Rosebank – “out Cobaw way”

I’m very keen to tell you about the imminent arrival of “Among the regulars”, but for now it’s Rosebank.  I’ve just come back from a 3-week stay at “Rosebank Retreat“, generously granted through the Victorian Writers Centre, Mary Delahunty, the Sidney Myer Fund and Helen Macpherson Smith Trust.  And as the old cliche goes, it’s not a retreat as much as an attack.  The idea being, give a writer a place to stay and very little “real world” commitments, and the writer will write.

Before I tell you if that actually happened, let me give you a few images of the place and the surrounding area…

Rosebank Retreat
If you ride a trailbike through this, there's a lot you won't hear...

 

a curious and talkative local...
Macedon Ranges from the Cobaw State Forest

 

I had no strong plans for what I’d do here.  I wanted to write poems, maybe a dozen if I’m lucky, hopefully at least a handful.  I didn’t have any subjects, ideas, not a single rhyme scheme either.  The plan was to let the plan emerge out of the place, see how it affected me.  If you can put yourself into the photos above, you can guess – while it’s possible, it’s highly unlikely you won’t be refreshed and stimulated being here.  Oh, yeah, and by “here”, I mean between Woodend and Lancefield, not far from Hanging Rock.  Or, as we were told by someone at the nearest (8 kms away) General Store, “out Cobaw way”.

It may be way too early to talk about the quality of what I’ve written up there, but I did come out of it with a lot – something approximating the quantity of work I’d hoped for, but two other things happened.

I learnt more about how to work with my own creative energy – took breaks when I needed to, observed how my moods affected my writing, and above all, was reminded of “the power of the walk”.  Every time, without fail, if I went for a walk, some small or large poetic problem would be solved, especially if I wasn’t deliberately trying to solve it.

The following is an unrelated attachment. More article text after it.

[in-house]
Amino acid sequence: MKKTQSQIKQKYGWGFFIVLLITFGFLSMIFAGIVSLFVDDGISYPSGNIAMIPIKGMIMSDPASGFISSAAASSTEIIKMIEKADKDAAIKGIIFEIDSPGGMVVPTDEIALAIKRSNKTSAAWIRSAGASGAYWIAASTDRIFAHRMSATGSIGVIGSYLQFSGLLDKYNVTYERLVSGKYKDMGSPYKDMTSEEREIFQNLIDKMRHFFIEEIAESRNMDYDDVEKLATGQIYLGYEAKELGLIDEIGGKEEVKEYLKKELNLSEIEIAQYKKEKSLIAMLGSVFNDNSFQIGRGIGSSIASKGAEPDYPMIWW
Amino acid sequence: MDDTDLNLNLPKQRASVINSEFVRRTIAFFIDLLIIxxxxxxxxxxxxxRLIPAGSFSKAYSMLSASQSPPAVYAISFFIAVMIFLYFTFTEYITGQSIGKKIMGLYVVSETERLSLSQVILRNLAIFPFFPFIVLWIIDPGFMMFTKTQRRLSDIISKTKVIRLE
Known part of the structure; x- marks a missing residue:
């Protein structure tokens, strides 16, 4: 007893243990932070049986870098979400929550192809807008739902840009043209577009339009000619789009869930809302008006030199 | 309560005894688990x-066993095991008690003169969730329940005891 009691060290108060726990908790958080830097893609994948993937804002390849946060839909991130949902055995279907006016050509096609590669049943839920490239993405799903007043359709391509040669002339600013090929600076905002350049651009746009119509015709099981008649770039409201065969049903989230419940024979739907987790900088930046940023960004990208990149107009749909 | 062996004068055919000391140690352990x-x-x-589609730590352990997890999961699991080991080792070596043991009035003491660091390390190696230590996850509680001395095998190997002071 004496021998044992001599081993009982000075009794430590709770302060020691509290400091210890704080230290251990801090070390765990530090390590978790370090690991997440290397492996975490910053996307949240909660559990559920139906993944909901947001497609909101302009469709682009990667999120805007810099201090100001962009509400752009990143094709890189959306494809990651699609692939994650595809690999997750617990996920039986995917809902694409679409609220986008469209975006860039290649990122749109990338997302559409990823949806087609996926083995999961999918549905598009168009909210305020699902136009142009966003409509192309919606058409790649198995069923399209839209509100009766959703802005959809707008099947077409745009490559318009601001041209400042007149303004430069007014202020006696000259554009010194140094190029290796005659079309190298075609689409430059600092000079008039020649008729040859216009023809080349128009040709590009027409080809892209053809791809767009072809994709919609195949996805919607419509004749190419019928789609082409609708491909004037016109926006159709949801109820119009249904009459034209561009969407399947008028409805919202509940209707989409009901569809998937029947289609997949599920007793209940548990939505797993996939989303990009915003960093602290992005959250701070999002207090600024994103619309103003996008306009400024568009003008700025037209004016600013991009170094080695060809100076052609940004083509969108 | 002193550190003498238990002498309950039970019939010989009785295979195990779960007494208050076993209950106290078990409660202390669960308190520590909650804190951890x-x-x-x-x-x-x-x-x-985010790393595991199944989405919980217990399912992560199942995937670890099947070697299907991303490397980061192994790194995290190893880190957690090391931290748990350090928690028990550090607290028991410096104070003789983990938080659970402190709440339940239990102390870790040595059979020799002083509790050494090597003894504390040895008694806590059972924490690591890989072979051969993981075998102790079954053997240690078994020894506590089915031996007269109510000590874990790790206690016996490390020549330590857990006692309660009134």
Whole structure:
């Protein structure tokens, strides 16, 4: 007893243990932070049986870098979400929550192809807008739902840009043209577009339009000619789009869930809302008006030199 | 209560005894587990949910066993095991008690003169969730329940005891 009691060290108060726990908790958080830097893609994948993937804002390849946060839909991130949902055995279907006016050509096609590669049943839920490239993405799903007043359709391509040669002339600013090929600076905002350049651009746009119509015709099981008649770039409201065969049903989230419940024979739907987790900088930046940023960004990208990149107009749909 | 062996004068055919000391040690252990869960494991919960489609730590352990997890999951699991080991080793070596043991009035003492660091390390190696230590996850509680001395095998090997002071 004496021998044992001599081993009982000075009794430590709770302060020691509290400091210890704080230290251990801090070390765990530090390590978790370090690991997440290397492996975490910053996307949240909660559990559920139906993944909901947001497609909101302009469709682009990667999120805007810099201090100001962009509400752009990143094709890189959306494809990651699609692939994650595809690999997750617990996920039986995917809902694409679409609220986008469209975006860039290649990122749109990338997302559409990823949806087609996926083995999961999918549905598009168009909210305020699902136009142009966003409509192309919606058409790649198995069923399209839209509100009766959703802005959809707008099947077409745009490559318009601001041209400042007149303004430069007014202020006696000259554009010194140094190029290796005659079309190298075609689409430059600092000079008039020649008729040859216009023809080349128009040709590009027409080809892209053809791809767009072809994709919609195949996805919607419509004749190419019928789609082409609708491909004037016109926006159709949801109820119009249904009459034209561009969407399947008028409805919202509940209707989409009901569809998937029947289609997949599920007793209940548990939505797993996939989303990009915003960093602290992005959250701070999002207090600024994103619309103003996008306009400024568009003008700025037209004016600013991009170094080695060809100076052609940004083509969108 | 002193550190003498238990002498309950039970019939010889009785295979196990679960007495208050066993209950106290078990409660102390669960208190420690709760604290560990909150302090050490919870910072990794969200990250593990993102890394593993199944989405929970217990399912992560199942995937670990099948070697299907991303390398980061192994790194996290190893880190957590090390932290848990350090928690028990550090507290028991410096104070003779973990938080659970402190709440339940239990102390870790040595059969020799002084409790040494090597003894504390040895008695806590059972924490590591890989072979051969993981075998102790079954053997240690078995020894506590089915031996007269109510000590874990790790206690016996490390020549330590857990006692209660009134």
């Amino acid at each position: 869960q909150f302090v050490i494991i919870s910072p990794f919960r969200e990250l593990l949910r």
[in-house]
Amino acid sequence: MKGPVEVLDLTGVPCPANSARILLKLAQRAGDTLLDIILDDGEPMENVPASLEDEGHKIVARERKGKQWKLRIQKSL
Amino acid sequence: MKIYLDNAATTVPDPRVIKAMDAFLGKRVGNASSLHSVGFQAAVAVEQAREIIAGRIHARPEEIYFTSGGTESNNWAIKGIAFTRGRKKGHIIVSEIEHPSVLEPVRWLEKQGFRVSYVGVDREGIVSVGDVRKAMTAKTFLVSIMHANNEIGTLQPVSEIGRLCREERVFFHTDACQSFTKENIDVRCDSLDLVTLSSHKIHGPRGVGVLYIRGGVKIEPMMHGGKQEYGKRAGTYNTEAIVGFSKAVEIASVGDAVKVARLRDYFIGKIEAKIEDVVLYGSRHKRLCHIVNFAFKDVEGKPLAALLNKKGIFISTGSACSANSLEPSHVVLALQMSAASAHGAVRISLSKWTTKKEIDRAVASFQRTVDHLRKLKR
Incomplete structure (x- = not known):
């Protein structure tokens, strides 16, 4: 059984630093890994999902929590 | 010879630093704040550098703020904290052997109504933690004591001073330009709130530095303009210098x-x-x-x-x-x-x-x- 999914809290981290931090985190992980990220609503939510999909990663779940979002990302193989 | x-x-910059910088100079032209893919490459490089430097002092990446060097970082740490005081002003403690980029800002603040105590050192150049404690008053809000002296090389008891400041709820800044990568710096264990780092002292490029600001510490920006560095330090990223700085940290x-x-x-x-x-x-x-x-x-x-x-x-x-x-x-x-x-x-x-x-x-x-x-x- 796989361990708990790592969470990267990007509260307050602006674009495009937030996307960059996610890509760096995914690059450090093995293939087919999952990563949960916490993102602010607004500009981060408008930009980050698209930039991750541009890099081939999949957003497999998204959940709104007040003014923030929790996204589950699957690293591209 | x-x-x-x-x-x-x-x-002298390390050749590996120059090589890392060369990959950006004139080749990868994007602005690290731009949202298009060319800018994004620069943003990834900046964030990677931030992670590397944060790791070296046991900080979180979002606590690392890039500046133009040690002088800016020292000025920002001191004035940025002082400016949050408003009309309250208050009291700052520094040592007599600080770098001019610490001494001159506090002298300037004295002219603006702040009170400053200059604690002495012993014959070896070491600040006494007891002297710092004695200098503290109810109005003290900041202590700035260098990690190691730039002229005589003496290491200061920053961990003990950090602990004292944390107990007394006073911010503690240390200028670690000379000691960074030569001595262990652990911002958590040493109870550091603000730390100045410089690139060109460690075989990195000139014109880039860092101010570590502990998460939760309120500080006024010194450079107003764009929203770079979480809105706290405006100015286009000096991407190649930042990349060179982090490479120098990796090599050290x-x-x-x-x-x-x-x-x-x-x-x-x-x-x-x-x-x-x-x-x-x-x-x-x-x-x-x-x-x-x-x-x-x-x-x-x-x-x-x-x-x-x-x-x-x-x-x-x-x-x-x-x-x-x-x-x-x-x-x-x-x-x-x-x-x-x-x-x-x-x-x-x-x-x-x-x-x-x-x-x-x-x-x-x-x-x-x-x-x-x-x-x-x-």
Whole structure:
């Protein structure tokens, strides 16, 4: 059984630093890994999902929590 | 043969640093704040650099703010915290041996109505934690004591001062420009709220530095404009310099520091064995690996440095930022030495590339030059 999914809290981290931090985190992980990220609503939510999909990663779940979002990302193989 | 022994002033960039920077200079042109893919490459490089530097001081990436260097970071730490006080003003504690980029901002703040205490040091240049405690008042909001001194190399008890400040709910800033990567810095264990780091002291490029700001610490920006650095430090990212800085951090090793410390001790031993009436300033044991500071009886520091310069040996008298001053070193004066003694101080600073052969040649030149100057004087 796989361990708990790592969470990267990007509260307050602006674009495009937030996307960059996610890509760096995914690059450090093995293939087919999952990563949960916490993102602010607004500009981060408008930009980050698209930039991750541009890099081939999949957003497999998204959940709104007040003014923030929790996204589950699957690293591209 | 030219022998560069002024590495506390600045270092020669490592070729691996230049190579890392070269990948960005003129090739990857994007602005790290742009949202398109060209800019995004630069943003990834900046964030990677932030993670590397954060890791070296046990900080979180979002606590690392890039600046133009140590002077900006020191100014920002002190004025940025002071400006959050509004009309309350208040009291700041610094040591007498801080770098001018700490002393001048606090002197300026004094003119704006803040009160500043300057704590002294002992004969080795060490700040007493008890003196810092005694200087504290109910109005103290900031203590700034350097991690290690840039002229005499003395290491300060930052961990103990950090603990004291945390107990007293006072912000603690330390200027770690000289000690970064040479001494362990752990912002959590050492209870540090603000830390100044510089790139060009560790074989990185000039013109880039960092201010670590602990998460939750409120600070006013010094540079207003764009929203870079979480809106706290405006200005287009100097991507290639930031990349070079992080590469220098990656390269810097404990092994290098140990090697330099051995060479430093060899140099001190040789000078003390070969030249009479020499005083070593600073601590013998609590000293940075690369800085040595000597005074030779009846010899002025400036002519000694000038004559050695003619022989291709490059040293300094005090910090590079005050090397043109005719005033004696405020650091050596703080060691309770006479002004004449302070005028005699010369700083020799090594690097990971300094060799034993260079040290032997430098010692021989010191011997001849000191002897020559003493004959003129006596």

I also took on some new approaches.  More of that another time.

Big thanks go to George Dunford, novelist, travel writer and The Wire afficianado.  We shared Rosebank, and he gave me space when I had that “I’m getting creative” body-language, and we filled the evenings with food and drink and audio books (yes, believe it or not) and numerous in-jokes.

If you get a chance to spend time at Rosebank, do so.  Bring all your writing tools and something to take your mind off the writing too.  And remember that when you come back into the “big smoke”, you’ll feel a little weird, and you’ll miss the echidna, the kangaroos, the cows, the rosellas, the rusted old farming equipment, the wind shivering over the hills, the open spaces of the day…  and you’ll have to work out for yourself how to re-create little miniature retreats in your everyday life.

the future is somewhere

2010 is not the end of the world, nor is 2012.  Though I have no idea what it will entail for any of us, let alone me.  What I do know is that I’ve been offered two splendid residencies – one at Rosebank Retreat just near Macedon (an hour north of Melbourne) – http://www.http://vwc.org.au/services/rosebank-retreat – and the other at the Katharine Susannah Prichard Writers Centre in the Perth Hills (see the blogroll for link).  Looking forward to both, and hoping that any pesky hurdles don’t suddenly lunge in between me and them.

So, this is just a tiny update.  I’ve added a few useful links at the bottom right blogroll (he says, wincing at the name…) – I’d recommend checking Adam Ford’s blog each week for answers to the question “Why do you write poetry?”.